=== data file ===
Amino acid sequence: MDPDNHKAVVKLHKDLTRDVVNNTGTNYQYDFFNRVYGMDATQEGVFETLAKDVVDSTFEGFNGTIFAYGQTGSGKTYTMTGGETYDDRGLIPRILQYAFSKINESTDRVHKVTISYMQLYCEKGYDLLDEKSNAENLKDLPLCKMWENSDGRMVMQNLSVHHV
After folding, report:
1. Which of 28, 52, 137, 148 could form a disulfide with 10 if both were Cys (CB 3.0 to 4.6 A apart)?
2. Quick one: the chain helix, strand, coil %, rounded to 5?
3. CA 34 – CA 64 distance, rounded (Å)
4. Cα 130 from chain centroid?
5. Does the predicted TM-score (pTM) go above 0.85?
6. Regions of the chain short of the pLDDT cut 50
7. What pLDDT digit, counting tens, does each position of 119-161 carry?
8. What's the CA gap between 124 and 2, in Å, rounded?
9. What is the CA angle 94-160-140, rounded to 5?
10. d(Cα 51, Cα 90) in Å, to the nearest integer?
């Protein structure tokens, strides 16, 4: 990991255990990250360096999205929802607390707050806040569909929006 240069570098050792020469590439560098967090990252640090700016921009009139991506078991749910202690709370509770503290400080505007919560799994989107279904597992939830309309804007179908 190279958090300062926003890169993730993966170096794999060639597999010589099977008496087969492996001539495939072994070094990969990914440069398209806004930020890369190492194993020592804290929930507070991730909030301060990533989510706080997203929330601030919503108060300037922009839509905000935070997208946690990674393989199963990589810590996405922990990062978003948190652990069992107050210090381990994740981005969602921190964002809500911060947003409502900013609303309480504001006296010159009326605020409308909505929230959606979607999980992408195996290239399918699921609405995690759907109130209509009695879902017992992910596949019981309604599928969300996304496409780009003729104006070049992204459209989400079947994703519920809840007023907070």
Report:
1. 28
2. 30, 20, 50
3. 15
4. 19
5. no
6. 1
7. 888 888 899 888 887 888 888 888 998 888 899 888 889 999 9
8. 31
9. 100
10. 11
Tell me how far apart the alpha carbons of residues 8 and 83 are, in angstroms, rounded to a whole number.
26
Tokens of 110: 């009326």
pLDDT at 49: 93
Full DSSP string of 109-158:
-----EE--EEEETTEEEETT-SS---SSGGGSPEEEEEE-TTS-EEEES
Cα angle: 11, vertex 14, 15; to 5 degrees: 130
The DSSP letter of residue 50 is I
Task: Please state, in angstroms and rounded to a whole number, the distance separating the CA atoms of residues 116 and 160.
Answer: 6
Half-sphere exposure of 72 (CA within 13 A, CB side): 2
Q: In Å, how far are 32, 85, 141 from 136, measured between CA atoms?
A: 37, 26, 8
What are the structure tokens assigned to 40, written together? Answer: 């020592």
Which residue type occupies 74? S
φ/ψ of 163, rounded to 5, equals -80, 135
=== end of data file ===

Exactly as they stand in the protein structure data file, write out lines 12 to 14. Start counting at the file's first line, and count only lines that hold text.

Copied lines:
10. d(Cα 51, Cα 90) in Å, to the nearest integer?
């Protein structure tokens, strides 16, 4: 990991255990990250360096999205929802607390707050806040569909929006 240069570098050792020469590439560098967090990252640090700016921009009139991506078991749910202690709370509770503290400080505007919560799994989107279904597992939830309309804007179908 190279958090300062926003890169993730993966170096794999060639597999010589099977008496087969492996001539495939072994070094990969990914440069398209806004930020890369190492194993020592804290929930507070991730909030301060990533989510706080997203929330601030919503108060300037922009839509905000935070997208946690990674393989199963990589810590996405922990990062978003948190652990069992107050210090381990994740981005969602921190964002809500911060947003409502900013609303309480504001006296010159009326605020409308909505929230959606979607999980992408195996290239399918699921609405995690759907109130209509009695879902017992992910596949019981309604599928969300996304496409780009003729104006070049992204459209989400079947994703519920809840007023907070």
Report: